// ||||||||||||||||
rate "20000"
cl_cmdrate "105"
//cl_updaterate "101" ****PLEASE USE CYCLE SCRIPT****
ex_interp "0"
cl_rate "20000"
cl_timeout "35"
cl_resend "0"
cl_smoothtime "0"

//Cycle Script

bind [ "updatexx"

alias updatexx "update101"
alias update101 "cl_updaterate 101; ex_interp 0; alias updatexx update90"
alias update90 "cl_updaterate 90; ex_interp 0; alias updatexx update80"
alias update80 "cl_updaterate 80; ex_interp 0; alias updatexx update70"
alias update70 "cl_updaterate 70; ex_interp 0; alias updatexx update60"
alias update60 "cl_updaterate 60; ex_interp 0; alias updatexx update50"
alias update50 "cl_updaterate 50; ex_interp 0; alias updatexx update40"
alias update40 "cl_updaterate 40; ex_interp 0; alias updatexx update30"
alias update30 "cl_updaterate 30; ex_interp 0; alias updatexx update101"
Basically this will set you up for making the best of any server. By pressing the open bracket key “[“ you will decrease the updaterate down to the servers update rate until there is no orange/yellow dots when you look at net_graph 1 (Click here for explanation). Remember, a majority of pub servers use an updaterate of 30!

How to make a userconfig.cfg :

1) Open up
C:\ProgramFiles\Valve\Steam\SteamApps\yourusername here\counter-strike\cstrike

2) Right click and hit 'New Text Document'

3) Open it up and paste the code in there.

4) Go to Save As and save as "userconfig.cfg" (WITH THE QUOTE MARKS!!!)

5) Look in the \cstrike folder for userconfig.cfg. If it's there you win, if it isn't you fail.

6) You can set .cfg files to open with notepad by Right Clicking on them > Properties > Opens With > Notepad.

See related topics:

Deciphering the NetGraph

Making a UserConfig file
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Re: CS 1.6 rates

Post  Hova on Sat Jan 02, 2010 4:12 pm

cmdrate maxes out at 101. its recommended to just set it at your fps average. I recommend this website to set up your rates and get used to playin around with them since all servers are different; http://nokitel.co.uk/optimize-counter-strike-16-rates/

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Re: CS 1.6 rates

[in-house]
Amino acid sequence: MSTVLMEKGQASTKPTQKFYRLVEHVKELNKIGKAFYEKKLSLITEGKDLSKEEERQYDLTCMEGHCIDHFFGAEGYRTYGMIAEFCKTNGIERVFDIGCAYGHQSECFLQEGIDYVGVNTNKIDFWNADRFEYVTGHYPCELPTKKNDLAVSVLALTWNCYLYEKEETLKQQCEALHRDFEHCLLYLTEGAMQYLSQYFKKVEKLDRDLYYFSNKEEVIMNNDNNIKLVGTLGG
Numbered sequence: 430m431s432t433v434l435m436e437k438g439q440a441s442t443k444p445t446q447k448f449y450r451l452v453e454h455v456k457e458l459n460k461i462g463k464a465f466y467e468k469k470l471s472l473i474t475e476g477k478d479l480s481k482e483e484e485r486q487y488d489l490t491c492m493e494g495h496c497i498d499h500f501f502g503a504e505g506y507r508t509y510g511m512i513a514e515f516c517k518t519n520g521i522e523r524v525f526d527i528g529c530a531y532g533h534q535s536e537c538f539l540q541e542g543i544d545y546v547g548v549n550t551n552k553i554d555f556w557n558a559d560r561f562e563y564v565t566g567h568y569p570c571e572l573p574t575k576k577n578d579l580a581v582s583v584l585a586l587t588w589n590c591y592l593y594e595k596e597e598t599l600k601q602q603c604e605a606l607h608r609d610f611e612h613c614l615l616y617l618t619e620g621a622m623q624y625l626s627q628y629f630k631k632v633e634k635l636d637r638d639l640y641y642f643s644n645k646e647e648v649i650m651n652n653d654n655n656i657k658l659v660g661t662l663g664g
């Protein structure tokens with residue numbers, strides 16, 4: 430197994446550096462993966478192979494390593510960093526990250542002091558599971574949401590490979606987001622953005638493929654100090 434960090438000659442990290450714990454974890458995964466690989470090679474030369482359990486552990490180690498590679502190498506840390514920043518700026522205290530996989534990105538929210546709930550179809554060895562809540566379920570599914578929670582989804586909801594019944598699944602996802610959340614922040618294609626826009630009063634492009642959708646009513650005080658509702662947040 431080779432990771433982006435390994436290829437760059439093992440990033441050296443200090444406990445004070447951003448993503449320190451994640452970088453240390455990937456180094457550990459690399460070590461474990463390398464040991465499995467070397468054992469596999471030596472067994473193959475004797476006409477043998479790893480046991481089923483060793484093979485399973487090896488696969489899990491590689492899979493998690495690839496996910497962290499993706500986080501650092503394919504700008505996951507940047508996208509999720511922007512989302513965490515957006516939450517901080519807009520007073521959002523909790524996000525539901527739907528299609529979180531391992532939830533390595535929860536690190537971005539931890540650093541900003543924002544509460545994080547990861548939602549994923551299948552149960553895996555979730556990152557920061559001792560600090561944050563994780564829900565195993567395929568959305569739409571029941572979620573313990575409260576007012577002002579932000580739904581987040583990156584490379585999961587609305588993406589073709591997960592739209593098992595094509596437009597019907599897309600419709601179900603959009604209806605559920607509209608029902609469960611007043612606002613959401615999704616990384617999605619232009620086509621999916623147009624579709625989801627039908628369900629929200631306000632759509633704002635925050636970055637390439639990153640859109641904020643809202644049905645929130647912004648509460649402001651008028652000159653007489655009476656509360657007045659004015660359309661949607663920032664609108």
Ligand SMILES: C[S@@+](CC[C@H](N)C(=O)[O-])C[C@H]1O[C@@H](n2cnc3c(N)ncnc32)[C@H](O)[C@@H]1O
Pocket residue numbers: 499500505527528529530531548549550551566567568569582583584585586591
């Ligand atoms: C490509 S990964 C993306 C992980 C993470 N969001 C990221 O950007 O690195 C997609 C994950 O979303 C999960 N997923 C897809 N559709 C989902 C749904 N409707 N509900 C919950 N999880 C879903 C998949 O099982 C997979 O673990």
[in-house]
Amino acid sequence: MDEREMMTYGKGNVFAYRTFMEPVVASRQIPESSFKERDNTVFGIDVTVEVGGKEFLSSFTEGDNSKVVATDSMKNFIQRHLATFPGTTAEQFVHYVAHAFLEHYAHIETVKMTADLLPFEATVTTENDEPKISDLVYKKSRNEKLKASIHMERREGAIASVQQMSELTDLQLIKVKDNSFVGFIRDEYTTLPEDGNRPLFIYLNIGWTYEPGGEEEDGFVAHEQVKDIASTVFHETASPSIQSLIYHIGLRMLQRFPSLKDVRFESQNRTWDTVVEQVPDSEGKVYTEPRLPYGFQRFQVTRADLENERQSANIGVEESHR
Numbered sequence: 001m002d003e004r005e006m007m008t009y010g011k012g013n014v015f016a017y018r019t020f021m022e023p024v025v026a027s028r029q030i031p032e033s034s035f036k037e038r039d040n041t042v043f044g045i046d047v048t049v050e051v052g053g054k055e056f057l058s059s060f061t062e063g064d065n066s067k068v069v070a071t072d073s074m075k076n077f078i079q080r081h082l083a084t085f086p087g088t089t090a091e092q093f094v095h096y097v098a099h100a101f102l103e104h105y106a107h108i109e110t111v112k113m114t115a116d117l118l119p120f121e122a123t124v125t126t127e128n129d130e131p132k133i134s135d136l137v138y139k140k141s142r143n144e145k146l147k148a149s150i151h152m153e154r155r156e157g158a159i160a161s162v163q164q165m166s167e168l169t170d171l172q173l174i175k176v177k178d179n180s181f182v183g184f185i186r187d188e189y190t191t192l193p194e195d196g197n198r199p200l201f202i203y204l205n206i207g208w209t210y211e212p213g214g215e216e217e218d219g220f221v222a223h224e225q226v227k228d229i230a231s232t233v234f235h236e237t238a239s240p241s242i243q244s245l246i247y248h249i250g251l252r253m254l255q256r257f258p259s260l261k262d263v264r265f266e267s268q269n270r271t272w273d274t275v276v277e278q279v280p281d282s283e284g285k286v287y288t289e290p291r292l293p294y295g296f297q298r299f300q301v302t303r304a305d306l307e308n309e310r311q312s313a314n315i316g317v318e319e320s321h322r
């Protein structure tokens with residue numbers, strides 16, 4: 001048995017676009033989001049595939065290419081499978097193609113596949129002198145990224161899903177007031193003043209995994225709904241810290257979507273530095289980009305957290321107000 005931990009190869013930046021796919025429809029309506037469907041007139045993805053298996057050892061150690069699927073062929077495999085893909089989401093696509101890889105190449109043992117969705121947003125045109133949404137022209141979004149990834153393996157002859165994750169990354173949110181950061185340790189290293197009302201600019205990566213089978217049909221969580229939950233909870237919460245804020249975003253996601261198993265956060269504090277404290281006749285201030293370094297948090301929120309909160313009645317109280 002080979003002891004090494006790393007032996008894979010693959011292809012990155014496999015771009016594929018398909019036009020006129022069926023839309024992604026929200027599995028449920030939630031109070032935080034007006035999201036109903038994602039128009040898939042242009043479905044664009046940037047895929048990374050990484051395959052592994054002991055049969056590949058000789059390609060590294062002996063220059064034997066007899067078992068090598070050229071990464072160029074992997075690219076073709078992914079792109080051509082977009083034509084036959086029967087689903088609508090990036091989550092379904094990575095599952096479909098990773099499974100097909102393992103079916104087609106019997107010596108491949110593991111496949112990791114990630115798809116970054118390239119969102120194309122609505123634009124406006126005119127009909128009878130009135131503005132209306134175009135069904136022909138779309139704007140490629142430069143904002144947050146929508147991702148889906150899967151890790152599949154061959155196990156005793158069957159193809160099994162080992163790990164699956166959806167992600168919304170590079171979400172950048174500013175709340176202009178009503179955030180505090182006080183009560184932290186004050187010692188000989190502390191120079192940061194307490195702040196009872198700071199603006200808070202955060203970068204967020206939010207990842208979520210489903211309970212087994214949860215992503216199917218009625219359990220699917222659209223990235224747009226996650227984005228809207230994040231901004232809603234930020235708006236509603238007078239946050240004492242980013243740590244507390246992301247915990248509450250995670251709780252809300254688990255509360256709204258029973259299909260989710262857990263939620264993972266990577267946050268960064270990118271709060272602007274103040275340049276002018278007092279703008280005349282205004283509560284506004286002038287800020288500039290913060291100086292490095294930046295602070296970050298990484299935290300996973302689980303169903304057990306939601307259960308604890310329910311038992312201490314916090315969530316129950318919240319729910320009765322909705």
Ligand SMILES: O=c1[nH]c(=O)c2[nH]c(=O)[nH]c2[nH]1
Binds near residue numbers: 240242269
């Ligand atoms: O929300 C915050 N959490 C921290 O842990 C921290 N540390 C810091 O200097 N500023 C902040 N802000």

Post  Admin on Sat Jan 02, 2010 5:31 pm

Hova wrote:cmdrate maxes out at 101. its recommended to just set it at your fps average. I recommend this website to set up your rates and get used to playin around with them since all servers are different; http://nokitel.co.uk/optimize-counter-strike-16-rates/

i know. u need to be able to adjust them when u jump from server to server
with cl_updaterate of 101 i lag on this server, i need to set it around 30
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Re: CS 1.6 rates

Post  Hova on Sat Jan 02, 2010 6:14 pm

Yup same here, some servers i can set it to 101 but usually i get a lot of loss.

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Re: CS 1.6 rates

Post  Admin on Sat Jan 02, 2010 6:26 pm

Note: most public servers will be using the default sv_maxupdaterate value of 30, so cl_updaterate 30 will work best in that situation.
and i'm pretty sure Blackjack didn't change that value, but i'll make sure i'll ask him next time i see him online
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Re: CS 1.6 rates

Post  `.je!!ow:. on Sun Jan 03, 2010 2:29 am

Haha, you were right, I know one kid who doesn't understand this, me! So what should my rates be for the Las Gidi server? it's the main one I play constantly, thanks

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Re: CS 1.6 rates

Post  Admin on Mon Jan 04, 2010 7:21 pm

`.je!!ow:. wrote:Haha, you were right, I know one kid who doesn't understand this, me! So what should my rates be for the Las Gidi server? it's the main one I play constantly, thanks

cl_cmdrate should be your average fps on the server
on the server sv_maxupdaterate should've been left default by blackjack which is 30, so your cl_updaterate should be around 30 i guess. and put ex_interp 0 so it will get auto set according to your cl_updaterate
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Re: CS 1.6 rates